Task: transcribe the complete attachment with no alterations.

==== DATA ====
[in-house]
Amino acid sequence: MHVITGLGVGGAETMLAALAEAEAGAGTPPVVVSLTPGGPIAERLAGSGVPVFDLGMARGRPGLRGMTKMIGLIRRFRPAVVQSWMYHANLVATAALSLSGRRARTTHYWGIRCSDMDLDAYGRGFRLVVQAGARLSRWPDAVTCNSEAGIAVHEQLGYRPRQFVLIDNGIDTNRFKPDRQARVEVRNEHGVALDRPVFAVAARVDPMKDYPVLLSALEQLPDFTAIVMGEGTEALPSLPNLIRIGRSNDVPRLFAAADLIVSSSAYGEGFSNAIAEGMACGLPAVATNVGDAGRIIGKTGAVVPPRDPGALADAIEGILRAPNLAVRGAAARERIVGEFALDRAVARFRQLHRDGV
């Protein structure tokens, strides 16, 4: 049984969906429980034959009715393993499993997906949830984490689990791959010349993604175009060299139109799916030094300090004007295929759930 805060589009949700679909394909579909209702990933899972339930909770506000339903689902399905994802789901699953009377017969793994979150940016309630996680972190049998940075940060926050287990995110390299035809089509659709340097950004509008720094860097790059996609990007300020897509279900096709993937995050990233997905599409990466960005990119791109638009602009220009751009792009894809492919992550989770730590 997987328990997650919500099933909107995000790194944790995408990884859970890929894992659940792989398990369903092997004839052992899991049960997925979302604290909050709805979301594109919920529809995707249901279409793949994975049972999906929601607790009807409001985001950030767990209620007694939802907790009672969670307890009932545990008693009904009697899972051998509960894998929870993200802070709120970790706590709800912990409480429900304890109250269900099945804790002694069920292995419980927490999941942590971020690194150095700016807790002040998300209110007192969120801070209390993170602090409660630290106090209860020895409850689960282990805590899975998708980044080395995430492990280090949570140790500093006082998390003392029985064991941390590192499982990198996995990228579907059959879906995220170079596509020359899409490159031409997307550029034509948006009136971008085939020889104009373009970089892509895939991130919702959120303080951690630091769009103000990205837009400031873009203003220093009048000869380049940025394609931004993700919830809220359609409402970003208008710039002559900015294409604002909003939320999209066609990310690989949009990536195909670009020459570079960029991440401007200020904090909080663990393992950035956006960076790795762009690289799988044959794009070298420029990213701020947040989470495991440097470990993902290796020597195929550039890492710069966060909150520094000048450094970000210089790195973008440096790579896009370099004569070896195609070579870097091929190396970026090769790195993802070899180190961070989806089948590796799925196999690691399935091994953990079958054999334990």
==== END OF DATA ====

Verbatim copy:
[in-house]
Amino acid sequence: MHVITGLGVGGAETMLAALAEAEAGAGTPPVVVSLTPGGPIAERLAGSGVPVFDLGMARGRPGLRGMTKMIGLIRRFRPAVVQSWMYHANLVATAALSLSGRRARTTHYWGIRCSDMDLDAYGRGFRLVVQAGARLSRWPDAVTCNSEAGIAVHEQLGYRPRQFVLIDNGIDTNRFKPDRQARVEVRNEHGVALDRPVFAVAARVDPMKDYPVLLSALEQLPDFTAIVMGEGTEALPSLPNLIRIGRSNDVPRLFAAADLIVSSSAYGEGFSNAIAEGMACGLPAVATNVGDAGRIIGKTGAVVPPRDPGALADAIEGILRAPNLAVRGAAARERIVGEFALDRAVARFRQLHRDGV
């Protein structure tokens, strides 16, 4: 049984969906429980034959009715393993499993997906949830984490689990791959010349993604175009060299139109799916030094300090004007295929759930 805060589009949700679909394909579909209702990933899972339930909770506000339903689902399905994802789901699953009377017969793994979150940016309630996680972190049998940075940060926050287990995110390299035809089509659709340097950004509008720094860097790059996609990007300020897509279900096709993937995050990233997905599409990466960005990119791109638009602009220009751009792009894809492919992550989770730590 997987328990997650919500099933909107995000790194944790995408990884859970890929894992659940792989398990369903092997004839052992899991049960997925979302604290909050709805979301594109919920529809995707249901279409793949994975049972999906929601607790009807409001985001950030767990209620007694939802907790009672969670307890009932545990008693009904009697899972051998509960894998929870993200802070709120970790706590709800912990409480429900304890109250269900099945804790002694069920292995419980927490999941942590971020690194150095700016807790002040998300209110007192969120801070209390993170602090409660630290106090209860020895409850689960282990805590899975998708980044080395995430492990280090949570140790500093006082998390003392029985064991941390590192499982990198996995990228579907059959879906995220170079596509020359899409490159031409997307550029034509948006009136971008085939020889104009373009970089892509895939991130919702959120303080951690630091769009103000990205837009400031873009203003220093009048000869380049940025394609931004993700919830809220359609409402970003208008710039002559900015294409604002909003939320999209066609990310690989949009990536195909670009020459570079960029991440401007200020904090909080663990393992950035956006960076790795762009690289799988044959794009070298420029990213701020947040989470495991440097470990993902290796020597195929550039890492710069966060909150520094000048450094970000210089790195973008440096790579896009370099004569070896195609070579870097091929190396970026090769790195993802070899180190961070989806089948590796799925196999690691399935091994953990079958054999334990």